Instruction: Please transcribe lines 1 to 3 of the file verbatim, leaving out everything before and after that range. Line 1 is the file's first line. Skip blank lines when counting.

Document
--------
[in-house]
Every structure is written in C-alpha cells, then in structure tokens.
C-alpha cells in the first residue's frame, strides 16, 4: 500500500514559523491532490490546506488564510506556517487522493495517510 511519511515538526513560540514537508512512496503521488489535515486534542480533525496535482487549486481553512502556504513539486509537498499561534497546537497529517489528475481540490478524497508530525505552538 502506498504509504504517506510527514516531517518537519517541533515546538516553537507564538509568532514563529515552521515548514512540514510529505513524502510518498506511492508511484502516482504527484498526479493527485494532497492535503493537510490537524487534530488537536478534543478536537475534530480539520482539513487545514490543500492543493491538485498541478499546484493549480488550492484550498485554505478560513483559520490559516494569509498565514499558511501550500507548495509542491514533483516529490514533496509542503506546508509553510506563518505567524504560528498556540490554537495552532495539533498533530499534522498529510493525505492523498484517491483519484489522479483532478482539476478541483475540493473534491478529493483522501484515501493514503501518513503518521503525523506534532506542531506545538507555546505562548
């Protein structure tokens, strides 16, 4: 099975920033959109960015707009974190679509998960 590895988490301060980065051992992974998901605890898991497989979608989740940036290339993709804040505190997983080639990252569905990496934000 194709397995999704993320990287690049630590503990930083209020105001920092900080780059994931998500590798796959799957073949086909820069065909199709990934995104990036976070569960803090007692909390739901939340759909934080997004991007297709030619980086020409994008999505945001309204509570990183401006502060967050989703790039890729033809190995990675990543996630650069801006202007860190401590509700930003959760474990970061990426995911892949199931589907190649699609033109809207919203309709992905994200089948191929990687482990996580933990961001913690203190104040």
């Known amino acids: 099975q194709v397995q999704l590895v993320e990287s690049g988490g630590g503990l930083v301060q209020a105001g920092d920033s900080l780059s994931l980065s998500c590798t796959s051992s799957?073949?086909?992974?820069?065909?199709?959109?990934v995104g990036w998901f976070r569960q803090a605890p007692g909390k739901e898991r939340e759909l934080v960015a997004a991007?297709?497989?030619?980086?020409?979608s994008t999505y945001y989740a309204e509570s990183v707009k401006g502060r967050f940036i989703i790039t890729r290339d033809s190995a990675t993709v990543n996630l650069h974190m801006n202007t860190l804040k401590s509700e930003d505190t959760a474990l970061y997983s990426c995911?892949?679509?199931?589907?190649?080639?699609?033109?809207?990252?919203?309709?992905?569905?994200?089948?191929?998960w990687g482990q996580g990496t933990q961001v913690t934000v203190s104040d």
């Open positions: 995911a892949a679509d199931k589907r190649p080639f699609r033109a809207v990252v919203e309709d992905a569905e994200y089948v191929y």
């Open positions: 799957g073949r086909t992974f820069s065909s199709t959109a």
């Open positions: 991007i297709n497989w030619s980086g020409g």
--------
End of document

[in-house]
Every structure is written in C-alpha cells, then in structure tokens.
C-alpha cells in the first residue's frame, strides 16, 4: 500500500514559523491532490490546506488564510506556517487522493495517510 511519511515538526513560540514537508512512496503521488489535515486534542480533525496535482487549486481553512502556504513539486509537498499561534497546537497529517489528475481540490478524497508530525505552538 502506498504509504504517506510527514516531517518537519517541533515546538516553537507564538509568532514563529515552521515548514512540514510529505513524502510518498506511492508511484502516482504527484498526479493527485494532497492535503493537510490537524487534530488537536478534543478536537475534530480539520482539513487545514490543500492543493491538485498541478499546484493549480488550492484550498485554505478560513483559520490559516494569509498565514499558511501550500507548495509542491514533483516529490514533496509542503506546508509553510506563518505567524504560528498556540490554537495552532495539533498533530499534522498529510493525505492523498484517491483519484489522479483532478482539476478541483475540493473534491478529493483522501484515501493514503501518513503518521503525523506534532506542531506545538507555546505562548